You will be redirected back to your article in seconds

‘The Look of Silence’ Takes Top Prize At CPH:DOX Fest

Joshua Oppenheimer's follow-up to 'The Act of Killing' emerged triumphant at the Copenhagen documentary fest.

COPENHAGEN – “The Look of Silence,” U.S. docmaker Joshua Oppenheimer’s follow-up to his Oscar-nominated critical favorite “The Act of Killing,” continues to look a likely awards magnet after taking top honors at the CPH:DOX documentary film festival in Copenhagen.

The film, which continues its predecessor’s examination of the Indonesian communist genocide of the 1960s, was named the best film of the headlining DOX:Award section at the fest’s awards ceremony on Friday evening. It beat out a heavyweight field of 13 other pics, including Laura Poitras’ “Citizenfour.” Before presenting the award, jury representative David Wilson declared that while the decision hadn’t been unanimous, such disagreement was “fitting for a film that melds provocation with aesthetic brilliance.”

A visibly moved Oppenheimer, himself a Copenhagen resident, expressed his delight at winning on home turf, and thanked the festival for initially introducing him to his Danish producer Signe Byrge Sorenson.

The award comes two months after “The Look of Silence” took the Grand Jury Prize at the Venice Film Festival, where it premiered to major acclaim: Variety’s review declared it “an altogether stunning companion piece” to “Killing.”

The jury, which also included veteran filmmaker Kidlat Tahimik and Cannes Directors’ Fortnight programmer Laurence Reymond, also gave a special mention to another Danish production, Camilla Nielsson’s “Democrats.” The political doc, which had its world premiere at the fest, traces the three-year struggle to draw up Zimbabwe’s 2013 constitution.

Nielsson was a multiple honoree at the ceremony, also sharing the Reel Talent Award for up-and-coming filmmakers with another female helmer, Lea Glob. Glob’s debut feature “Olmo and the Seagull” — a doc-drama hybrid about a thespian couple’s turbulent relationship, co-directed with Petra Costa — also emerged triumphant in the festival’s Nordic:DOX section.

Other winners at the fest included Egyptian artist-turned-filmmaker Basim Magdy, whose experimental film “The Dent” took the innovation-focused New:Vision Award, while U.S. directing team Katy Chevigny and Ross Kauffman won the F:ACT section for their Sundance 2013 premiere “E-Team.” The Audience Award, meanwhile, went to eco-minded Canadian doc “Just Eat It: A Food Waste Story,” a film previously described by Variety critic Maggie Lee as a potential “international sleeper.”

CPH:DOX, which opened on Nov. 6 with a Europe-wide screening of Anders Ostergaard’s Cold War study “1989”, closes today.

Popular on Variety

More Film

  • Film director and scriptwriter Vojtech Jasny

    Vojtech Jasny, Award-Winning Czech Filmmaker, Dies at 93

    Czech filmmaker Vojtech Jasny, director of “All My Good Countrymen,” which won the best director prize at Cannes in 1969, has died. He was 93. According to the Associated Press, Slovacke divadlo, a theatre he frequently visited, said that Jasny died Friday, and a family representative confirmed his death to the CTK news agency. Jasny [...]

  • Noelle Anna Kendrick

    Film Review: 'Noelle' on Disney Plus

    What do you get when you toss together Christmas cheer, Christmas kitsch, a fish-out-of-the-North-Pole setup swiped from “Elf,” and a plot that turns on whether Kris Kringle’s daughter, played as a perky naïf by Anna Kendrick, has what it takes to step into her dad’s snow boots? You get a plastic icicle like “Noelle,” Long [...]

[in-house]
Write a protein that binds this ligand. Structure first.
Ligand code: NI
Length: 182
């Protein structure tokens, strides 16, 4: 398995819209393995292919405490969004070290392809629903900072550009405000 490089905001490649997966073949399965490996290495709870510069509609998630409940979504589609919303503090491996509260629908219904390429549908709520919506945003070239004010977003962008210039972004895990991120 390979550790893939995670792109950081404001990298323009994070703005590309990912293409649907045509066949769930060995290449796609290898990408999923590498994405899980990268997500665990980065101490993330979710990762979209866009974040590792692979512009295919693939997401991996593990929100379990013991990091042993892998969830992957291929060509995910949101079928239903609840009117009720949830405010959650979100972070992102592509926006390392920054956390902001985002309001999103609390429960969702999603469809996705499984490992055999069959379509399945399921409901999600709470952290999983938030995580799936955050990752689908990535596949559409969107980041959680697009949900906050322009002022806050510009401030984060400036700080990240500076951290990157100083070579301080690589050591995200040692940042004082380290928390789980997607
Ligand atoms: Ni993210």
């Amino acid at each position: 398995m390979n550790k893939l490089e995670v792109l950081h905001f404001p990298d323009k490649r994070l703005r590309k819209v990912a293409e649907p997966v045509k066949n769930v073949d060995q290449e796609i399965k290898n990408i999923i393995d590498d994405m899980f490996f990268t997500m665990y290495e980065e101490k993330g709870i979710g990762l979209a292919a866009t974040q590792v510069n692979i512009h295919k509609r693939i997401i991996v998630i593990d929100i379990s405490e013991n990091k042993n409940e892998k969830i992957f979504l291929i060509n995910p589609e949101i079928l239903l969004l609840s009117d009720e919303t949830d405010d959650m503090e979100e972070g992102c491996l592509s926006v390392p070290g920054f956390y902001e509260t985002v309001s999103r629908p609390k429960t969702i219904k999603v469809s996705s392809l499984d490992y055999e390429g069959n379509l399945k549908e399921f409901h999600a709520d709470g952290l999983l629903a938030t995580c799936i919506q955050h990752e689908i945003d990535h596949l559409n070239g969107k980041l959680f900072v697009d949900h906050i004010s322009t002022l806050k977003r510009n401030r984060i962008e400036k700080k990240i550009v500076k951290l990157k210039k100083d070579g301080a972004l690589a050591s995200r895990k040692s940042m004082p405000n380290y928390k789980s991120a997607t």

• Scandalous

    Film Review: 'Scandalous: The Untold Story of the National Enquirer'

    When grocery store shoppers snag a copy of Weekly World News (the rag responsible for the refuses-to-die “Bat Child” hoax), they know they’re getting fake news. But when they pick up the National Enquirer, it’s a far more ambiguous prospect. Enquirer headlines are deliberately provocative, shouting details of the private lives of real people — [...]

  • Cynthia Erivo

    Cynthia Erivo Almost Gave Up Singing to Become a Spinal Surgeon

    Before Cynthia Erivo went on to become a Tony and Grammy winner, she nearly gave up singing to be a spinal surgeon. In her “Variety Studio: Actors on Actors” conversation with Alfre Woodard, the “Harriet” star said she had been singing since she was toddler. Her mother noticed she’d hum while eating her food when [...]

  • Alfre Woodard Cynthia Erivo Variety Actors

    How Cynthia Erivo and Alfre Woodard Found Deeper Meaning in ‘Harriet’ and ‘Clemency’

    Cynthia Erivo (“Harriet”) and Alfre Woodard (“Clemency”) sat down for a chat for “Variety Studio: Actors on Actors.” For more, click here. Cynthia Erivo and Alfre Woodard are at the forefront of this year’s awards conversation for two prestige films directed by black women. In Chinonye Chukwu’s “Clemency,” a movie that won the Sundance Grand [...]

  • Rocketman Taron Egerton

    'Rocketman' Hair and Make-Up Artist Talks Transforming Taron Egerton

    Hair and make-up artist Lizzie Yianni-Georgiou sums up “Rocketman” as the story “of a great icon who hits rock bottom. You see the great things happen and he hits rock bottom. By the end, he’s pulled himself together and he’s still standing.” For the viewer, it’s a rollercoaster ride of emotion, but as Yianni-Georgiou says, [...]


    Box Office: 'Ford v Ferrari' Dashing to No. 1 While 'Charlie's Angels' Flounders

    Christian Bale and Matt Damon’s racing drama “Ford v Ferrari” is set to win the weekend box office by a long shot with an esimated $29 million from 3,528 domestic locations. Elizabeth Banks’ “Charlie’s Angels” reboot could land in a distant second in its debut weekend with about $8.2 million, but the second frame of [...]

More From Our Brands

Access exclusive content